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Indo-European Mythology And Religion – Alexander Jacob (2019)

A while ago I got myself three recent Manticore books. When I had just started reading the present title, the publisher contacted me to tell me about yet another new title. Manticore is hard to keep up with.

I know Jacob from another Manticore title. In my review I noted Jacob has a different approach from my own and that he can be quite pedantic. Now I may add that his conclusions sometimes seem extremely easy.

As the cover says, the current title presents essays. The essays are based on two of Jacob’s interesting-sounding books Atman: A Reconstruction of the Solar Cosmology of the Indo-Europeans and Brahman: A Study of the Solar Rituals of the Indo-Europeans. As the titles suggest, Jacob sees a solar origin of the mythology. This approach is also present in the current title.

The book being made of essays brings the annoying fact that the author uses the same phrases, quotes and even entire sentences several times. A few times I even wondered if I had opened the book on the wrong page. Were these essays written especially for this book? In that case the redaction is not ‘optimal’.
Another such thing. Somewhere in some essay the author gives abbreviations of texts quoted. Why not just print such a list at the end where it can be found?

As I said I find Jacob’s approach too easy here and there. I think this is due to the vast terrain of information that he uses which does not allow him to be elucidative. You will often see lines such as: “[…] may be related to the worship of Muruga/Marduk/Ninurta” (p. 220), “This heroic figure in the evolution of the sun is called Zeus/Ganesha/Seth […] (p. 33) or: “The breath or life-force Vâyu/Wotan” (p. 20) as if these names are entirely interchangeable. Another such example makes page 261 where in one allinea Jacob bluntly equates “Muspell” with “heaven” and “Niflheim” with “hell”. A few lines down, Niflheim even is “Earth”.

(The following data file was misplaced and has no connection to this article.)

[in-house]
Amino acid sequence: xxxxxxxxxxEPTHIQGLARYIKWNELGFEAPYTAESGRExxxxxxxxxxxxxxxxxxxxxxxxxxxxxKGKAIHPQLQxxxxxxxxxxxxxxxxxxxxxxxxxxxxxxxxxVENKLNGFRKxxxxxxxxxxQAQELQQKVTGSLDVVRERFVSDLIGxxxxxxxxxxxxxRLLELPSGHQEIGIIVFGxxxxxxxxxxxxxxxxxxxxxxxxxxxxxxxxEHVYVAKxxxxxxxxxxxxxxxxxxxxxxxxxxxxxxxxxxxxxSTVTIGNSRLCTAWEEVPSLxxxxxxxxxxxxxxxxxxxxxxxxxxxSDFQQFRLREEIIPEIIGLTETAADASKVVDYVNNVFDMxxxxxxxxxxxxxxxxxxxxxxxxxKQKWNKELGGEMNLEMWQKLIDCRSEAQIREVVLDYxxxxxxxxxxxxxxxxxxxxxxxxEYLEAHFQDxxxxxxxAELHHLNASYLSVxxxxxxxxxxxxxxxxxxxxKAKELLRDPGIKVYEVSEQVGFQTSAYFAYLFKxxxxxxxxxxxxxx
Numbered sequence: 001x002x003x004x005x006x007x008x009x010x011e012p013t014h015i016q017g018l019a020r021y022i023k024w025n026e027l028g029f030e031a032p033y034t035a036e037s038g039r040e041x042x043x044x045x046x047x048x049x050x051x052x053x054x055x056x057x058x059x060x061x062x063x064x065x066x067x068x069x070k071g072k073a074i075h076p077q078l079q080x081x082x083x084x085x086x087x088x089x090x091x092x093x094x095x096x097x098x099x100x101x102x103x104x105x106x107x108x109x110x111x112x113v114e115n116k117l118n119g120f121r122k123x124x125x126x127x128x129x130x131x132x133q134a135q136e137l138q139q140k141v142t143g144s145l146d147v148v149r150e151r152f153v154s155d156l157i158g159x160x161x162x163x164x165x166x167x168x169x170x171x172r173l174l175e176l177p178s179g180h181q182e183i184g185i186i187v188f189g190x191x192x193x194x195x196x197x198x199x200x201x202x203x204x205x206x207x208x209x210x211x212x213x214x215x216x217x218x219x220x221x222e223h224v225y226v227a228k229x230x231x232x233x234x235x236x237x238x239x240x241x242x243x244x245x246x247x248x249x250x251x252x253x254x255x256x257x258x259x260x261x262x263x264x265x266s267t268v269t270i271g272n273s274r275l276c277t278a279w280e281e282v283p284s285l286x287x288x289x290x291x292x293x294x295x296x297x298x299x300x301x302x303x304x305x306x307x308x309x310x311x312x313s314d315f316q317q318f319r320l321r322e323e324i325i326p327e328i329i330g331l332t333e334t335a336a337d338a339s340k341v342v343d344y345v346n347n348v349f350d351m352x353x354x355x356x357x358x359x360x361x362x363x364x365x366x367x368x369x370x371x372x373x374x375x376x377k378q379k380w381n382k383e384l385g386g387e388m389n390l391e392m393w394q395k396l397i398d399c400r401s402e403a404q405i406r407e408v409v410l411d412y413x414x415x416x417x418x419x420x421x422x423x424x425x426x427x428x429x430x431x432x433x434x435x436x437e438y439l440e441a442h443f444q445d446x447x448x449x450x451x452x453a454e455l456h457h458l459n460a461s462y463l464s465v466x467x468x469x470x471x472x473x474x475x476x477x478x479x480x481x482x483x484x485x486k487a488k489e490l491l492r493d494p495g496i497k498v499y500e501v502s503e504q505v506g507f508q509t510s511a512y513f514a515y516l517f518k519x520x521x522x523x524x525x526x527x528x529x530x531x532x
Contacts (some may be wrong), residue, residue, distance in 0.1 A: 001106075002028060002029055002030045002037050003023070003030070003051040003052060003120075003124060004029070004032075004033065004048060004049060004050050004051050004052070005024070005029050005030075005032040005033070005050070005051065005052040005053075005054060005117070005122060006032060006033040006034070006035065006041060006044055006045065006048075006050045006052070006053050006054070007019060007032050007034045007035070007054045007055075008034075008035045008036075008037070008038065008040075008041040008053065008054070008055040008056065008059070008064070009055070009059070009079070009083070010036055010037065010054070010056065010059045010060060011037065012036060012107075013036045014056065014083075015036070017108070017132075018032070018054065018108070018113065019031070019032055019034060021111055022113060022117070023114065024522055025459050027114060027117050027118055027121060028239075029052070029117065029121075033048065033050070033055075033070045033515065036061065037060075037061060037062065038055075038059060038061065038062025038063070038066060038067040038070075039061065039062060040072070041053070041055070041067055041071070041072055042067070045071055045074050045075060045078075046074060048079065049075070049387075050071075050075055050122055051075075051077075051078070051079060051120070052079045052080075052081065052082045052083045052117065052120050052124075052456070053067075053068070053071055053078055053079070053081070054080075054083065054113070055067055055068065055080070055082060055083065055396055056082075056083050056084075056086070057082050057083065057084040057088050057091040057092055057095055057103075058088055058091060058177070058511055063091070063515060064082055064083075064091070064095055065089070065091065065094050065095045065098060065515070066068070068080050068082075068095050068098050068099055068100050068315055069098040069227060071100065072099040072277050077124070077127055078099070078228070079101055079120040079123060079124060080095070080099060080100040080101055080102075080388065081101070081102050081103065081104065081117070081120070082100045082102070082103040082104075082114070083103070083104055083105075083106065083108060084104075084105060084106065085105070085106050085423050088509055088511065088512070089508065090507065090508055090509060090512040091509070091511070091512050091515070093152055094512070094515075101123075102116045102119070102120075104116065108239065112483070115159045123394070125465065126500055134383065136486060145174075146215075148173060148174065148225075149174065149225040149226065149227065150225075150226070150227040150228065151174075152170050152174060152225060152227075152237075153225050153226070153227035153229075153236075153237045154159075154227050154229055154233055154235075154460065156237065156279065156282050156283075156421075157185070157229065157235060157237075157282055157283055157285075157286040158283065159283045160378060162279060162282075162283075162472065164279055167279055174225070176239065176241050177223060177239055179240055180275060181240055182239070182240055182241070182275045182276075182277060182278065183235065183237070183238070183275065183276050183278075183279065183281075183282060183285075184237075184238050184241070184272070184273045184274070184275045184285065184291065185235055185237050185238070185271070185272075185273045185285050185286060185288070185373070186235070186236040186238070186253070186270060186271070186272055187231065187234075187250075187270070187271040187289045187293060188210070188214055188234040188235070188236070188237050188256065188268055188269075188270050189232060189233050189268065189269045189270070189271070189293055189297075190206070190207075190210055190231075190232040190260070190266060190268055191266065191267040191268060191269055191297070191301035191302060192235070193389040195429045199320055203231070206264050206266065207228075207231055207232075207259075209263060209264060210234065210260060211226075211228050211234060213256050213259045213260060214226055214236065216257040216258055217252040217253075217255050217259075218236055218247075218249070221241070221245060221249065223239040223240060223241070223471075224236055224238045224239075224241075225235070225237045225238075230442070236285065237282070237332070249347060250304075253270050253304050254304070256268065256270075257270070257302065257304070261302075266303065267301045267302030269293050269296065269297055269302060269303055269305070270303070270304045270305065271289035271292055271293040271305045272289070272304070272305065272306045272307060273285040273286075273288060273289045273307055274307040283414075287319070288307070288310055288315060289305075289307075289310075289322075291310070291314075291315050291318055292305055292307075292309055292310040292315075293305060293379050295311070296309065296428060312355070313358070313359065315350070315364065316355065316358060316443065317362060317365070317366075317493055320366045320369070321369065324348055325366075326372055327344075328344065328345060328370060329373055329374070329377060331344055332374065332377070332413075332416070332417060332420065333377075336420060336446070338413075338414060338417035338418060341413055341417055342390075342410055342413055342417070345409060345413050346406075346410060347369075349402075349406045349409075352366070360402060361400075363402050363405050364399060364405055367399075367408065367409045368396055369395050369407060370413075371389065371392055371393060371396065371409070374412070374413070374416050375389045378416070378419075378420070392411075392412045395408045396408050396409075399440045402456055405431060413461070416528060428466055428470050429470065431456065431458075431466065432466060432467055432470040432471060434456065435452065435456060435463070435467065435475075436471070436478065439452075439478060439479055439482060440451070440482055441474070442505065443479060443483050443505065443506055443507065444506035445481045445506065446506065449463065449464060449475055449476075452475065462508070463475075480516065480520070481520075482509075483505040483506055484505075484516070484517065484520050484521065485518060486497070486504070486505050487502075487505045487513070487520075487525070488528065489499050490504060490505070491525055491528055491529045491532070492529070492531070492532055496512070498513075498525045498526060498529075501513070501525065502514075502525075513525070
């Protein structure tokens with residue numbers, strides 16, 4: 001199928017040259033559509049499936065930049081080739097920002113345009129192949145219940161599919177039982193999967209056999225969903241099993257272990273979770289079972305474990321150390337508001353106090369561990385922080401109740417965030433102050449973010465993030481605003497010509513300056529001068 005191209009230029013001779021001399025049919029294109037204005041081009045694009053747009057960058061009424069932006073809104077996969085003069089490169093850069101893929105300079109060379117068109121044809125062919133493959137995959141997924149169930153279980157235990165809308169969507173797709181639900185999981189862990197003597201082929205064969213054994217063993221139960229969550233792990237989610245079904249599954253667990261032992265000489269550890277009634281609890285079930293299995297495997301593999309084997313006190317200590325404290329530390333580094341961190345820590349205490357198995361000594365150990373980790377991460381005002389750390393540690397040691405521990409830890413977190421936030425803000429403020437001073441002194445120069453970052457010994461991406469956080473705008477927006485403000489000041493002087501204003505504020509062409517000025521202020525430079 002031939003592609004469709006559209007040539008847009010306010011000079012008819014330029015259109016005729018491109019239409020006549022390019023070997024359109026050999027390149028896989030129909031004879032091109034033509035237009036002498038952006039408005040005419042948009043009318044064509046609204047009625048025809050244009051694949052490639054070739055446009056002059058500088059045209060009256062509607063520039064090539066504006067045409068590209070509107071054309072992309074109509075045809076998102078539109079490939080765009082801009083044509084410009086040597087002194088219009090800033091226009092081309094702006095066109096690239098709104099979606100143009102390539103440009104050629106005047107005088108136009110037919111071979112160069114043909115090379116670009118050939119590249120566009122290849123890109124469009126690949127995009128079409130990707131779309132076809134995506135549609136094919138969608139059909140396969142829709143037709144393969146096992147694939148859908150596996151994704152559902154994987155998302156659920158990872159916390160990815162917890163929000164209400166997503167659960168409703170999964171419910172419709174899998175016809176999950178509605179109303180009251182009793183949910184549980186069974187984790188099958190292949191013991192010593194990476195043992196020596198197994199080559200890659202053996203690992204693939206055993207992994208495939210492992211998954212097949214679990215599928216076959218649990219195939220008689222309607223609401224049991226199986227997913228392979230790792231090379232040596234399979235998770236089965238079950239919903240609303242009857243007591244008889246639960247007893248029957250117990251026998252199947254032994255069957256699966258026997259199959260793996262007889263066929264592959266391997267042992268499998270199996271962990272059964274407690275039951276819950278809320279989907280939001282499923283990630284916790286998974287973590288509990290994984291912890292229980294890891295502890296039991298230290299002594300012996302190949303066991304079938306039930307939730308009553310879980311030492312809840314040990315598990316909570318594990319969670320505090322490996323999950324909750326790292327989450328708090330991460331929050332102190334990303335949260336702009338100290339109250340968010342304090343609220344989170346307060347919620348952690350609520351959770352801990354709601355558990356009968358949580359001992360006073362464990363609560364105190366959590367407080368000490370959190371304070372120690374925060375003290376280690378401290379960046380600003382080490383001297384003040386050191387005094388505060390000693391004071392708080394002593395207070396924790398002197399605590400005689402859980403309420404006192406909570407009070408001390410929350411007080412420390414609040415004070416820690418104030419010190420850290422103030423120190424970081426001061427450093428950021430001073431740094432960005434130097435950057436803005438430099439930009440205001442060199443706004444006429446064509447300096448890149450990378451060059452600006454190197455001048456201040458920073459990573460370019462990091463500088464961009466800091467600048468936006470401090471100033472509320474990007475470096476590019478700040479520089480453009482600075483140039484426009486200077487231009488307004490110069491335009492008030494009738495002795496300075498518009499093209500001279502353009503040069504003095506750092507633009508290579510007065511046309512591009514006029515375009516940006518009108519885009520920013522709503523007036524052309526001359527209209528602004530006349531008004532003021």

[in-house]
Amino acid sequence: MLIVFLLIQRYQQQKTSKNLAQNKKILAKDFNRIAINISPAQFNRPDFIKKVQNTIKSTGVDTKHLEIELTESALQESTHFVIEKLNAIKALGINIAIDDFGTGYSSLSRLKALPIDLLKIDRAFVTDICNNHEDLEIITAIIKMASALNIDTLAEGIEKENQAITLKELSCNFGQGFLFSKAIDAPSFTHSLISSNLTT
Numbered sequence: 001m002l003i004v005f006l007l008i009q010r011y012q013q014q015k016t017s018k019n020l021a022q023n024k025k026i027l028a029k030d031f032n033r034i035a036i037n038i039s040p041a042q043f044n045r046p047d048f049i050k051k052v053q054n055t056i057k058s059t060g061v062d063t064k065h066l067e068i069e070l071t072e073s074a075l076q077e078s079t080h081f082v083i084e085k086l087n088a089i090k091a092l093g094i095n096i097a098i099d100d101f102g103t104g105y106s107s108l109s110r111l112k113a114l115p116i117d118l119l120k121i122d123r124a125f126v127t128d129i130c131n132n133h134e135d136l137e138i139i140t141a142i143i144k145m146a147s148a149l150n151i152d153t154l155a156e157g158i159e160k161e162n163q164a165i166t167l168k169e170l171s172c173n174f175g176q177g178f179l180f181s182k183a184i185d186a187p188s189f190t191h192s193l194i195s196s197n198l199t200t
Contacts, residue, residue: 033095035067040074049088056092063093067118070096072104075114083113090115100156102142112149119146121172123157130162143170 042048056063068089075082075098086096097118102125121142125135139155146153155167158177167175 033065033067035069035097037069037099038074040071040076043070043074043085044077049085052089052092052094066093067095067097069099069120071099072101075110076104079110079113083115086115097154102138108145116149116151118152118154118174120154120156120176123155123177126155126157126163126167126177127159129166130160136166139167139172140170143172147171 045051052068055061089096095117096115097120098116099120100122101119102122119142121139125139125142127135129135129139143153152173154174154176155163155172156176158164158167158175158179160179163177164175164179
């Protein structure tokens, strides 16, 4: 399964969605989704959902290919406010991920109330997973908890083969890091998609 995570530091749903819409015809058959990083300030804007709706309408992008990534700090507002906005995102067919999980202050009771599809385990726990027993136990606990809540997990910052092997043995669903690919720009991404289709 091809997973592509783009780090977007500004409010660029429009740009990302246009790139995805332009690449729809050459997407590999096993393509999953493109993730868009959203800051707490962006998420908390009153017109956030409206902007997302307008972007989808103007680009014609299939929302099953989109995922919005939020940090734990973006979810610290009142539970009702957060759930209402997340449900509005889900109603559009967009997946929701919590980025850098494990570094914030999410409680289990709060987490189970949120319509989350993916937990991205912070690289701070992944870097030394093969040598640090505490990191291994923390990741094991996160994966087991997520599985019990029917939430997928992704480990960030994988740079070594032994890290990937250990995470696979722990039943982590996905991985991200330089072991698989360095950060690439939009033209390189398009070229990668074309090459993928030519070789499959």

On page 268 he even manages to state that the roots of Yggdrasil end in “Heaven, Muspell where the Gods (Aesir/Asuras) hold court. […] The second root reaches Ginnungagap where the “frost ogres” dwell. […] The third root ends in hel, or Niflheim […]”

I like a book with a high ‘information density’. This definitely goes for the first part of the book. The first essay is a brain-melting overview of Indo-European history. History, mythology, recent investigations, in a few dozen pages you will be up-to-date with the latest theories and findings even with a somewhat ‘Witzel-like’ peek into a ‘proto mythology’. Too much information to make sense entirely, but interesting.

From then on Jacob moves more towards mythology in which a lot of stress lays on Indian mythology, a little less on Mesopotamian. The basis seems to be that from the three sons of Noah came the three groups of men, Japhet being the father of the Indo-Aryans. Within the latter, there were fire-ritual ‘yogic’ peoples (“Vedic”) and those with more of a ‘worship approach (“Tantric”).
Four ages, floods, ritual and myth, Jacob works through them as if he was limited in the number of pages by his publisher.

As I said before, Jacob is quite ‘un-Dumézilian’ and however it is interesting to see a different approach, I sometimes fail to see the logic in his comparisons. Also he seems to sometimes limit himself to only a part of God(dess) and so coming to strange comparisons such as: The Norse God, Aegir, represents Enki/Varuna, the castrated primal Heaven that is sunk in the underworld (Earth) waiting to be revived by the storm-god.” (p. 265). “Wotan” is ‘but’ a wind-God (which does make the “windy tree” more interesting!), while all the way at the end he says that this is too simple.

Indeed, there is Germanic mythology in the book. Initially just a mention here and there, but the last essay is “On the Germanic gods Wotan and Thor”. Jacob follows Snorri’s euhemeristic account in which the Gods were men coming from the East. He makes some interesting remarks regarding this theory, but it does show how he focusses on one source without looking at alternative theories.

As before, Jacob’s book makes a nice read and it forced me to think over some things again. On the long run, I do not think his approach will be mine.

2019 Manticore Press, isbn 0648499618

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